and work compliance can be complied with through a digital e-signoff.

Fig. 2: Mobility-based shop floor execution Mobility-based shop floor execution

Mechanics can raise technical requests, collaborate with the technical teams through voice and video chat in real-time to get feedback or advice on resolution. Well-authored task and process sheets can intuitively guide the mechanics to report their observations, measurements, and tolerances at the appropriate sections. The reported data are checked with the standard or OEM reference to assist the mechanics to take decisions. This data is even stored and leveraged for analytics and ML-based recommendations.

Step 4: Enabling Electronic Data Interchange (EDI) between the ecosystem partners

The seamless flow of data between the ecosystem partners (refer to Fig. 3) is essential for augmenting operational efficiency. The aircraft maintenance process involves routing the engine sub-assemblies to external repair, exchanges, and purchase of the parts with suppliers. By leveraging aviation industry protocols (Spec 2000), the processing time and quality of data exchange can be significantly improved. Processing real-time data on shipments improve marshalling and production control efficiencies.

Fig. 3: Seamless flow of data between ecosystem partners

Fig. 3

Enabling a robust EDI connection with customer systems provides an MRO aviation with the dual advantage of boosting efficiency and also improving the delivery of value to the customers. The possible avenues of the EDI exchanges are work scope, configuration snapshots, additional work requests, and out-of-scope approvals. These information exchanges can also be achieved by enabling the customer portal. Pivoting all the communications within the system framework enables the comprehensive data source for business and KPI measurements.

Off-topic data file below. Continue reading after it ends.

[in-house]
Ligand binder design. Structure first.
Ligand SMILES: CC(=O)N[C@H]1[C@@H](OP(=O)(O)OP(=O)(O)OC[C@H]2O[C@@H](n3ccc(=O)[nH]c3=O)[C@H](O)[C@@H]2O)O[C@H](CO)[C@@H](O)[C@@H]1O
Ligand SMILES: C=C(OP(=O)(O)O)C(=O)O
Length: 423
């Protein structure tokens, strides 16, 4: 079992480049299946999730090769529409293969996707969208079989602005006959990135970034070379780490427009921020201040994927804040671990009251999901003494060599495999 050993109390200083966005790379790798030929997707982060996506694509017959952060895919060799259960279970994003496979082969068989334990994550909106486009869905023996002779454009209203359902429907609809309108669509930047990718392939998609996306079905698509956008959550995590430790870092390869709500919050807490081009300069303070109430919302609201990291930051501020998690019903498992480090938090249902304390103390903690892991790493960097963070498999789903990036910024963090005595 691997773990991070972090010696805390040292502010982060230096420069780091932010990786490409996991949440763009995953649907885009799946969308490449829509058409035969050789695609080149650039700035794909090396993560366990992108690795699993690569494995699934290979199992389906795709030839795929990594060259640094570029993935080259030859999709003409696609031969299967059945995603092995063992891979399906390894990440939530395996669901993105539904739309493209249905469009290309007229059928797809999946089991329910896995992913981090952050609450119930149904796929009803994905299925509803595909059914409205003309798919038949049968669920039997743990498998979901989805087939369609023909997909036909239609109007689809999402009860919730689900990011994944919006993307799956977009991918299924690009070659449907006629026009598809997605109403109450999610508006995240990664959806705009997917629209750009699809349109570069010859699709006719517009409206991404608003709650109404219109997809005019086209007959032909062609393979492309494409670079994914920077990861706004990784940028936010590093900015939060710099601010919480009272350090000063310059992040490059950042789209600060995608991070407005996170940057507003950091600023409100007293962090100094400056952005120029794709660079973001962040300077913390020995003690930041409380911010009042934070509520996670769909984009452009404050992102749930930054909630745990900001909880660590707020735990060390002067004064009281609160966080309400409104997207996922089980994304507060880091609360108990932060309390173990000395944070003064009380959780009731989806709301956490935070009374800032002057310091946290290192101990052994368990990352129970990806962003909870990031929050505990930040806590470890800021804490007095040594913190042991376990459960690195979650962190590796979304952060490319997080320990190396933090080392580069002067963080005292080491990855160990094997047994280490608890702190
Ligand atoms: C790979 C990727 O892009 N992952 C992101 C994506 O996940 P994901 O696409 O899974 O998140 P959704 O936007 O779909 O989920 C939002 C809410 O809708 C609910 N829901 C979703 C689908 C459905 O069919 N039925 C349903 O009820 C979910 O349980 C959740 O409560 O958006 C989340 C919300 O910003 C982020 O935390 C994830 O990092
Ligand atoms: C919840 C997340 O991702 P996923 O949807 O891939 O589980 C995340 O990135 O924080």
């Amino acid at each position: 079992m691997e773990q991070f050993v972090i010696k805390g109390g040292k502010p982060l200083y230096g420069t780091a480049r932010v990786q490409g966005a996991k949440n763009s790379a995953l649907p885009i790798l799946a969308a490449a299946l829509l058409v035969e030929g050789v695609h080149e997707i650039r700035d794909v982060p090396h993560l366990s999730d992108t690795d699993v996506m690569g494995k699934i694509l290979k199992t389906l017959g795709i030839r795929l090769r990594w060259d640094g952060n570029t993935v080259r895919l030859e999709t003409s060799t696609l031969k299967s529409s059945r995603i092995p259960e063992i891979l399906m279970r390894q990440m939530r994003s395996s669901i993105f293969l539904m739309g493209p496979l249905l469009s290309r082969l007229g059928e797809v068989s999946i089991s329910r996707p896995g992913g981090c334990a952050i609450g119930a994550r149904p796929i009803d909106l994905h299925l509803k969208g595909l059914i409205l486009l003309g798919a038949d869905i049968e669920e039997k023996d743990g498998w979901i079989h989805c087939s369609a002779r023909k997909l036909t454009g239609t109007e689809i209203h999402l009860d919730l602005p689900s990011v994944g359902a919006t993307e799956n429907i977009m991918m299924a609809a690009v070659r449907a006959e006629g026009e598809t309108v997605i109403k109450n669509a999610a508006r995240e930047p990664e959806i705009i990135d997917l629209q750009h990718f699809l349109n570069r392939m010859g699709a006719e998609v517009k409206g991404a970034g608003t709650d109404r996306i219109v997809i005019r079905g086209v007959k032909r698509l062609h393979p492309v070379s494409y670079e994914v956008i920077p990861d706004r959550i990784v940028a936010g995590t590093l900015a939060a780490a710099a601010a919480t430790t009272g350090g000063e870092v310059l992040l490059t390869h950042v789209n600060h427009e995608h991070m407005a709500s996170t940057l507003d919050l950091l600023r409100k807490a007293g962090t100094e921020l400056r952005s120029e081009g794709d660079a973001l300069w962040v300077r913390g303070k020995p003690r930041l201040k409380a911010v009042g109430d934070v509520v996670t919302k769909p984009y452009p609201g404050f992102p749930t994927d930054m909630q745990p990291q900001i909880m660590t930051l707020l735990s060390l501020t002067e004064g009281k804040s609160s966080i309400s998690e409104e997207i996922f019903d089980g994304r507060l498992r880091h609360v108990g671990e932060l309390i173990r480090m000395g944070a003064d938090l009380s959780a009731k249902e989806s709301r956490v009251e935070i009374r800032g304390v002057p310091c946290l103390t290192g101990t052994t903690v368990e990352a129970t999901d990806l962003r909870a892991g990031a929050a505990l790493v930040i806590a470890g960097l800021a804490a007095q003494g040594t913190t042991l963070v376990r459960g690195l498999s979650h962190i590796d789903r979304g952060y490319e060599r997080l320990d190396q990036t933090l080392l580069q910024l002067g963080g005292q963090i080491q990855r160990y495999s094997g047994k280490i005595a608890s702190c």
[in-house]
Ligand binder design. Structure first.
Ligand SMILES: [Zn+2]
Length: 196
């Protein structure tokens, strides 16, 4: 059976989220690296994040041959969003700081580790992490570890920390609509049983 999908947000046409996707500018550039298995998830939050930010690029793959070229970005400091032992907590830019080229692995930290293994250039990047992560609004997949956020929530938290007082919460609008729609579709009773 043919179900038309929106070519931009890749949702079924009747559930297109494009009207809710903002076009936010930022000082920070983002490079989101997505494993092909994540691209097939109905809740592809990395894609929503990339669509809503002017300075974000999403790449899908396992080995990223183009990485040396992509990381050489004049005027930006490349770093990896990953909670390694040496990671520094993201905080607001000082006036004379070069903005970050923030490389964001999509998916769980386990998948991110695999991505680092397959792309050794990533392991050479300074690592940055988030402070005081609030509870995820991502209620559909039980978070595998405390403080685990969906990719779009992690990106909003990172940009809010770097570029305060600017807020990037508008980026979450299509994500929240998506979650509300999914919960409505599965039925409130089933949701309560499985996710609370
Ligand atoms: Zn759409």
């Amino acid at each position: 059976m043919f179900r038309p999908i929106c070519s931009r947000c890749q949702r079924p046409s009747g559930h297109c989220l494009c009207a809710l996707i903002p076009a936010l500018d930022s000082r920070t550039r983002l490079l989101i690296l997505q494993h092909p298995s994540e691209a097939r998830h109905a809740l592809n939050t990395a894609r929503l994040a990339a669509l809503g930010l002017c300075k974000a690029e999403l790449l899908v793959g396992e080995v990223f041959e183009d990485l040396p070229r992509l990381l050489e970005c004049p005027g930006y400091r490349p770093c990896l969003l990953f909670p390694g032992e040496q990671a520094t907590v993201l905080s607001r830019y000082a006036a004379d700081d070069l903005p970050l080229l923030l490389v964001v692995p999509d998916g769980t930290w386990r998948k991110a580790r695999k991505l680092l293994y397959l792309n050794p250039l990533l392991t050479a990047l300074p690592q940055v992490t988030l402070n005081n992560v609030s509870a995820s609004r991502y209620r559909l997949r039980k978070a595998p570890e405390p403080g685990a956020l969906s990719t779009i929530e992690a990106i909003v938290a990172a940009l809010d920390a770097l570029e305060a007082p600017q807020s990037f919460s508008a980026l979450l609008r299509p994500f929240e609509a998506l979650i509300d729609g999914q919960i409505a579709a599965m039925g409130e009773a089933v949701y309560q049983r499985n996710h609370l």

Also Read: Reliability Centered Maintenance (RCM) in Aircraft Maintenance

Step 5: Real-time KPI monitoring & Business Analytics

Having an integrated system that assures paperless operations ensures that the data collected are entered at the point of source. Key KPIs related to TAT, quality, cost, resource utilization, and warranties are computed dynamically without any need for manual consolidation and preparation. This makes way for a transparent and timely availability of insights for better decision-making.

Future-proofing the Engine Maintenance organizations

Faced with the twin objectives of operational efficiency and reducing costs, engine MROs need to embrace an integrated platform and digital technologies to future-proof their business. MROs need to rethink their improvement projects and should instead consider these 5 steps in their digital adoption strategies to unlock the maximum value.

This blog is a part of the Digital Aviation MRO blog series. You can check out the previous blog in this series here and here. For any further clarifications, you can reach out to us at contact@ramco.com